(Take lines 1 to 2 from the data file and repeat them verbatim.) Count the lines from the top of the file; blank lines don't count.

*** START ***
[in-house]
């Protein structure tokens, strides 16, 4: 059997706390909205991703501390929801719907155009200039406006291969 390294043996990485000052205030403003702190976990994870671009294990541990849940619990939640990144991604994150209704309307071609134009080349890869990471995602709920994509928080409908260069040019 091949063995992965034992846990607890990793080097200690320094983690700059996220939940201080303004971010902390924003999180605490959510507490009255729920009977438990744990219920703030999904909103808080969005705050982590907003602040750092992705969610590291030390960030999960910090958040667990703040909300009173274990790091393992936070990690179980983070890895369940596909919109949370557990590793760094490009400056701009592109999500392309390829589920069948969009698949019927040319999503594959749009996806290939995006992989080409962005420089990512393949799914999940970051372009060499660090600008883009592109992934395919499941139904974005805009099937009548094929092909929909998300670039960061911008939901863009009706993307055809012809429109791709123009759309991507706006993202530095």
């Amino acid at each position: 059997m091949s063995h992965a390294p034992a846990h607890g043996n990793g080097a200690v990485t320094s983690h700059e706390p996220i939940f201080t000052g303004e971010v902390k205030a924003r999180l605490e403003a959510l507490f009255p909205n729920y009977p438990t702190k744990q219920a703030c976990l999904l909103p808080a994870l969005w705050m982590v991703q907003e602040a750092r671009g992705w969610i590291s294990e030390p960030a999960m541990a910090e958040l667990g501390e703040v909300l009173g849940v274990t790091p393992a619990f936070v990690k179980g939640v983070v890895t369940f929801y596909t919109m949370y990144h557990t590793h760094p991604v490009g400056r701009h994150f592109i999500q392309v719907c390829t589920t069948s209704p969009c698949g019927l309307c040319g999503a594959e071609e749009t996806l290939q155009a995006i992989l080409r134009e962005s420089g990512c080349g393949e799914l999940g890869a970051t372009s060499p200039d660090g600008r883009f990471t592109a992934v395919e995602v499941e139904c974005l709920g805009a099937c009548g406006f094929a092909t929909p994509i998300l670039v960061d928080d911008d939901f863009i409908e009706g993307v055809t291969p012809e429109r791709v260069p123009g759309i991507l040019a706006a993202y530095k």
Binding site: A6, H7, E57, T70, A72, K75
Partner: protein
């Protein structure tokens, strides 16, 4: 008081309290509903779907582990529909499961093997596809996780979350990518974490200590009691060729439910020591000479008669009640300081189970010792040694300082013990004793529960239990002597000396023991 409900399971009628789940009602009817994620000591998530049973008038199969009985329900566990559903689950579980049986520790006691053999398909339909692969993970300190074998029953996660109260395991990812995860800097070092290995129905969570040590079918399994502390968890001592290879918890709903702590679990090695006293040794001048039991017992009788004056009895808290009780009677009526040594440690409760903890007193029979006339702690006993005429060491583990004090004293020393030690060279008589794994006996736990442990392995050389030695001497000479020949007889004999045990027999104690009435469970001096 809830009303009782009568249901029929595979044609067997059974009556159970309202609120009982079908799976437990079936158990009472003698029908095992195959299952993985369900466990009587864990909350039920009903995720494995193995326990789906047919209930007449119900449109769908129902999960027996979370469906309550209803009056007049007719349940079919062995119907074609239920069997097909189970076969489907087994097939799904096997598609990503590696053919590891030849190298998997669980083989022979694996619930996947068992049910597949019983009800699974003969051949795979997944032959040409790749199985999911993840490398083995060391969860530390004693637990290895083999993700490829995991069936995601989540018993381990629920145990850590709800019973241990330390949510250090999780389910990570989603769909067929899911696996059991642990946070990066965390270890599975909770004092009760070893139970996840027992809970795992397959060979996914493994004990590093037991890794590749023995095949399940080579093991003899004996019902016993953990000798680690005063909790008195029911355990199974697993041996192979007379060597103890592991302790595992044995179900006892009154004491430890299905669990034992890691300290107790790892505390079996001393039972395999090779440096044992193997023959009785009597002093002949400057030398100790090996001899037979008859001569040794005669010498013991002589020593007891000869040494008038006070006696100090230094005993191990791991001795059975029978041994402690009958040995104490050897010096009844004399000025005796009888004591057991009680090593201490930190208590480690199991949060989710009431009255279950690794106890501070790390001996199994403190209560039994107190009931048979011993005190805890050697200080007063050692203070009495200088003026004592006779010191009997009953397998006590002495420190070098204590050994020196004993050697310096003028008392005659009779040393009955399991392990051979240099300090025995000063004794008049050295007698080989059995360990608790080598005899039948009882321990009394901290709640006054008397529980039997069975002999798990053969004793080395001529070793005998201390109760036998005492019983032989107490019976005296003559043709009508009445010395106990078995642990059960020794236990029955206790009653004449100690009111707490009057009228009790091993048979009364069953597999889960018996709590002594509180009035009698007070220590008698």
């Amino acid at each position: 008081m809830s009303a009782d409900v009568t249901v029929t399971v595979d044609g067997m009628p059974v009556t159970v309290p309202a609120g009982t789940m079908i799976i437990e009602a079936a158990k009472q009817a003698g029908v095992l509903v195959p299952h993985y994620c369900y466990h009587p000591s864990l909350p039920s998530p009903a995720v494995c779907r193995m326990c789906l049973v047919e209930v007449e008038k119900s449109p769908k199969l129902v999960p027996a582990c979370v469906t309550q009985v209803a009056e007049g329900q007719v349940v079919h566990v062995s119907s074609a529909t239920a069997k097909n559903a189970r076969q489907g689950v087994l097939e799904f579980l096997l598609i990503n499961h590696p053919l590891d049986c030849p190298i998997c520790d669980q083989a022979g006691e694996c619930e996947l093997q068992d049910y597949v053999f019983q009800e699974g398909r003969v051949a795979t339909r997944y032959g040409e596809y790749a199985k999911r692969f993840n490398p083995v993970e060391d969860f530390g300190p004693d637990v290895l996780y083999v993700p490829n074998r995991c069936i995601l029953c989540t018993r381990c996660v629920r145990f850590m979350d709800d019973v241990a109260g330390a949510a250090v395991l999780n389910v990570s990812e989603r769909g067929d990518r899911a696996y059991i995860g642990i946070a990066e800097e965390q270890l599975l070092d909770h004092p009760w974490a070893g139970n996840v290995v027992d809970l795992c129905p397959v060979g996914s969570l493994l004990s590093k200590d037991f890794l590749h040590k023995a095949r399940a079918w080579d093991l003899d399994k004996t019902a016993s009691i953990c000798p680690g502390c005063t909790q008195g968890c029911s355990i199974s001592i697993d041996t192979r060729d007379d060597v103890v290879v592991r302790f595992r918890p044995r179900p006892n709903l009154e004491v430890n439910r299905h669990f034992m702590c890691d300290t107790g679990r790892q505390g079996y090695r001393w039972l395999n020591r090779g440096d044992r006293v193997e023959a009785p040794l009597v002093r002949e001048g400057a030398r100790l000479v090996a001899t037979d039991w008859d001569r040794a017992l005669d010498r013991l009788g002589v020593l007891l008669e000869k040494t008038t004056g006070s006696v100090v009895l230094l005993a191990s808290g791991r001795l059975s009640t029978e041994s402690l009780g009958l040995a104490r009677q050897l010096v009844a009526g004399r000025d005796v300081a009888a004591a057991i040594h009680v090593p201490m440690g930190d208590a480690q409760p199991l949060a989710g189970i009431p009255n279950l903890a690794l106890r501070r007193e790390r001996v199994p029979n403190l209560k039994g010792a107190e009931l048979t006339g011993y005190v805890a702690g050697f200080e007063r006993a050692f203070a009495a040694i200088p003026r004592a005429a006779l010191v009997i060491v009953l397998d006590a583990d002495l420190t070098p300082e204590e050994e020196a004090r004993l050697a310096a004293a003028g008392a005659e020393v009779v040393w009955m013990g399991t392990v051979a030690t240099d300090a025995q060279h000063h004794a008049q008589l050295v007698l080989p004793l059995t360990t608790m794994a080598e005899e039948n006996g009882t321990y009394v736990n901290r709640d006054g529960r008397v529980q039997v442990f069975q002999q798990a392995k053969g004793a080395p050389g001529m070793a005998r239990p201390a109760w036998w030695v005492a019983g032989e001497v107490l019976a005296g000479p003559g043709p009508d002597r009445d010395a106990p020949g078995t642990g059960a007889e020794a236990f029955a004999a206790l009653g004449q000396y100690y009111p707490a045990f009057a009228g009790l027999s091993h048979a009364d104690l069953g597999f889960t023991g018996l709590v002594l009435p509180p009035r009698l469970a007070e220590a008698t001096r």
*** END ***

[in-house]
């Protein structure tokens, strides 16, 4: 059997706390909205991703501390929801719907155009200039406006291969 390294043996990485000052205030403003702190976990994870671009294990541990849940619990939640990144991604994150209704309307071609134009080349890869990471995602709920994509928080409908260069040019 091949063995992965034992846990607890990793080097200690320094983690700059996220939940201080303004971010902390924003999180605490959510507490009255729920009977438990744990219920703030999904909103808080969005705050982590907003602040750092992705969610590291030390960030999960910090958040667990703040909300009173274990790091393992936070990690179980983070890895369940596909919109949370557990590793760094490009400056701009592109999500392309390829589920069948969009698949019927040319999503594959749009996806290939995006992989080409962005420089990512393949799914999940970051372009060499660090600008883009592109992934395919499941139904974005805009099937009548094929092909929909998300670039960061911008939901863009009706993307055809012809429109791709123009759309991507706006993202530095």